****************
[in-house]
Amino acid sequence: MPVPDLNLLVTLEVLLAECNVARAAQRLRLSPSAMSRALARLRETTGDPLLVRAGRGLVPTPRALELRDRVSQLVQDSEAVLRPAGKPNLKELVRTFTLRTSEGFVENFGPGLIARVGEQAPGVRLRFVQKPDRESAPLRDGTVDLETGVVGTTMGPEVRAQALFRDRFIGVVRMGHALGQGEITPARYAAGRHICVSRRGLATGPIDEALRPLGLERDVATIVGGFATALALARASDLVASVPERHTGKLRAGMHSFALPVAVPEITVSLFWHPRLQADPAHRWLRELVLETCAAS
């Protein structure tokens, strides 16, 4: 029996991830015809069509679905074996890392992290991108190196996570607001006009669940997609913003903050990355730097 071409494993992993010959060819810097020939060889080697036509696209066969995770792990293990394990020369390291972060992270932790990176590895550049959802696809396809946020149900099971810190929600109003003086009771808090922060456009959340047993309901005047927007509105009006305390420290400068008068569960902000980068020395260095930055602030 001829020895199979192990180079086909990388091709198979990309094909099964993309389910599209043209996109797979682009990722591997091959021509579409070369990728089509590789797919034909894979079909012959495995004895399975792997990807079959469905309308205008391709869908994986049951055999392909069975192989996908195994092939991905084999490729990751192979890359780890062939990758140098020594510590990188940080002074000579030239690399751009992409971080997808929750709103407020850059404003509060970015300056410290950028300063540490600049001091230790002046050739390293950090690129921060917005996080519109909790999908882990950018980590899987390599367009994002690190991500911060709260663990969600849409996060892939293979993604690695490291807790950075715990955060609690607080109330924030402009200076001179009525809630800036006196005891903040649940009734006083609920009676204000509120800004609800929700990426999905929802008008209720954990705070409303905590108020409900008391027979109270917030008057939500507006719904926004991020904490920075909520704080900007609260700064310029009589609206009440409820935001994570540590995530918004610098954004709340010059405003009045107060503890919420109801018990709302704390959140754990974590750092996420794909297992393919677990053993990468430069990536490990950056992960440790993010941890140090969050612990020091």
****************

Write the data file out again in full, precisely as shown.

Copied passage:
[in-house]
Amino acid sequence: MPVPDLNLLVTLEVLLAECNVARAAQRLRLSPSAMSRALARLRETTGDPLLVRAGRGLVPTPRALELRDRVSQLVQDSEAVLRPAGKPNLKELVRTFTLRTSEGFVENFGPGLIARVGEQAPGVRLRFVQKPDRESAPLRDGTVDLETGVVGTTMGPEVRAQALFRDRFIGVVRMGHALGQGEITPARYAAGRHICVSRRGLATGPIDEALRPLGLERDVATIVGGFATALALARASDLVASVPERHTGKLRAGMHSFALPVAVPEITVSLFWHPRLQADPAHRWLRELVLETCAAS
């Protein structure tokens, strides 16, 4: 029996991830015809069509679905074996890392992290991108190196996570607001006009669940997609913003903050990355730097 071409494993992993010959060819810097020939060889080697036509696209066969995770792990293990394990020369390291972060992270932790990176590895550049959802696809396809946020149900099971810190929600109003003086009771808090922060456009959340047993309901005047927007509105009006305390420290400068008068569960902000980068020395260095930055602030 001829020895199979192990180079086909990388091709198979990309094909099964993309389910599209043209996109797979682009990722591997091959021509579409070369990728089509590789797919034909894979079909012959495995004895399975792997990807079959469905309308205008391709869908994986049951055999392909069975192989996908195994092939991905084999490729990751192979890359780890062939990758140098020594510590990188940080002074000579030239690399751009992409971080997808929750709103407020850059404003509060970015300056410290950028300063540490600049001091230790002046050739390293950090690129921060917005996080519109909790999908882990950018980590899987390599367009994002690190991500911060709260663990969600849409996060892939293979993604690695490291807790950075715990955060609690607080109330924030402009200076001179009525809630800036006196005891903040649940009734006083609920009676204000509120800004609800929700990426999905929802008008209720954990705070409303905590108020409900008391027979109270917030008057939500507006719904926004991020904490920075909520704080900007609260700064310029009589609206009440409820935001994570540590995530918004610098954004709340010059405003009045107060503890919420109801018990709302704390959140754990974590750092996420794909297992393919677990053993990468430069990536490990950056992960440790993010941890140090969050612990020091």